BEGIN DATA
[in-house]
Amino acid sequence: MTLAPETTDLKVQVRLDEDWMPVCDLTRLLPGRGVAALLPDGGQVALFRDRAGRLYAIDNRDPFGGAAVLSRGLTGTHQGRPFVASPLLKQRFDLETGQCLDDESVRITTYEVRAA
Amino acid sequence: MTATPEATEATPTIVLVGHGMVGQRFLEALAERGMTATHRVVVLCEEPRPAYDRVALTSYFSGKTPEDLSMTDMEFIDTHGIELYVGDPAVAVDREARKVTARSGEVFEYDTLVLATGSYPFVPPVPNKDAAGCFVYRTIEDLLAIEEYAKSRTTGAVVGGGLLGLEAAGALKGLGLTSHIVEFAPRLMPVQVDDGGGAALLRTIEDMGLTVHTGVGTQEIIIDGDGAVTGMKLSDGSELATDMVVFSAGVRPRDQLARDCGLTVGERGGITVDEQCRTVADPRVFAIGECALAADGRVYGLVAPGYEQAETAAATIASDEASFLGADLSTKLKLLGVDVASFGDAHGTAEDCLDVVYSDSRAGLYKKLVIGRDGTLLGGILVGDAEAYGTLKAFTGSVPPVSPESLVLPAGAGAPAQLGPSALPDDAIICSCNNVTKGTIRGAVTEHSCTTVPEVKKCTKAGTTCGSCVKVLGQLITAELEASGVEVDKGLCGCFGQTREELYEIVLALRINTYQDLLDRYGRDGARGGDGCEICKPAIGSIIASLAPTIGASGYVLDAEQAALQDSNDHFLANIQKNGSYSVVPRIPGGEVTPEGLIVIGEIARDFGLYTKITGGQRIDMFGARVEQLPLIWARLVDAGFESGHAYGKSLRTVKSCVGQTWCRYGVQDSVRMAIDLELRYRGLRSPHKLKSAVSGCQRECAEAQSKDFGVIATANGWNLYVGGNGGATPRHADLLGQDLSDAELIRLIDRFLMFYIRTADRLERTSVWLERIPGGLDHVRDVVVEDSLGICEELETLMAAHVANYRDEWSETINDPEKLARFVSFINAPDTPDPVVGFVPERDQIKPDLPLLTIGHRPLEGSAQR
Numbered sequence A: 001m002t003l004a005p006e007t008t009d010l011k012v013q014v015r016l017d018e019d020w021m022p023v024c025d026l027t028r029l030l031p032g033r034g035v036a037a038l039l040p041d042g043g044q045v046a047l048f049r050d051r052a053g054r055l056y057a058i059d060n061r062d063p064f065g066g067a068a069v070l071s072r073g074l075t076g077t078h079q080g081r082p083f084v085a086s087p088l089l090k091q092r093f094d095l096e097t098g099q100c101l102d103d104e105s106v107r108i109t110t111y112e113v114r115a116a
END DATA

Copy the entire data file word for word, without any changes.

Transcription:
[in-house]
Amino acid sequence: MTLAPETTDLKVQVRLDEDWMPVCDLTRLLPGRGVAALLPDGGQVALFRDRAGRLYAIDNRDPFGGAAVLSRGLTGTHQGRPFVASPLLKQRFDLETGQCLDDESVRITTYEVRAA
Amino acid sequence: MTATPEATEATPTIVLVGHGMVGQRFLEALAERGMTATHRVVVLCEEPRPAYDRVALTSYFSGKTPEDLSMTDMEFIDTHGIELYVGDPAVAVDREARKVTARSGEVFEYDTLVLATGSYPFVPPVPNKDAAGCFVYRTIEDLLAIEEYAKSRTTGAVVGGGLLGLEAAGALKGLGLTSHIVEFAPRLMPVQVDDGGGAALLRTIEDMGLTVHTGVGTQEIIIDGDGAVTGMKLSDGSELATDMVVFSAGVRPRDQLARDCGLTVGERGGITVDEQCRTVADPRVFAIGECALAADGRVYGLVAPGYEQAETAAATIASDEASFLGADLSTKLKLLGVDVASFGDAHGTAEDCLDVVYSDSRAGLYKKLVIGRDGTLLGGILVGDAEAYGTLKAFTGSVPPVSPESLVLPAGAGAPAQLGPSALPDDAIICSCNNVTKGTIRGAVTEHSCTTVPEVKKCTKAGTTCGSCVKVLGQLITAELEASGVEVDKGLCGCFGQTREELYEIVLALRINTYQDLLDRYGRDGARGGDGCEICKPAIGSIIASLAPTIGASGYVLDAEQAALQDSNDHFLANIQKNGSYSVVPRIPGGEVTPEGLIVIGEIARDFGLYTKITGGQRIDMFGARVEQLPLIWARLVDAGFESGHAYGKSLRTVKSCVGQTWCRYGVQDSVRMAIDLELRYRGLRSPHKLKSAVSGCQRECAEAQSKDFGVIATANGWNLYVGGNGGATPRHADLLGQDLSDAELIRLIDRFLMFYIRTADRLERTSVWLERIPGGLDHVRDVVVEDSLGICEELETLMAAHVANYRDEWSETINDPEKLARFVSFINAPDTPDPVVGFVPERDQIKPDLPLLTIGHRPLEGSAQR
Numbered sequence A: 001m002t003l004a005p006e007t008t009d010l011k012v013q014v015r016l017d018e019d020w021m022p023v024c025d026l027t028r029l030l031p032g033r034g035v036a037a038l039l040p041d042g043g044q045v046a047l048f049r050d051r052a053g054r055l056y057a058i059d060n061r062d063p064f065g066g067a068a069v070l071s072r073g074l075t076g077t078h079q080g081r082p083f084v085a086s087p088l089l090k091q092r093f094d095l096e097t098g099q100c101l102d103d104e105s106v107r108i109t110t111y112e113v114r115a116a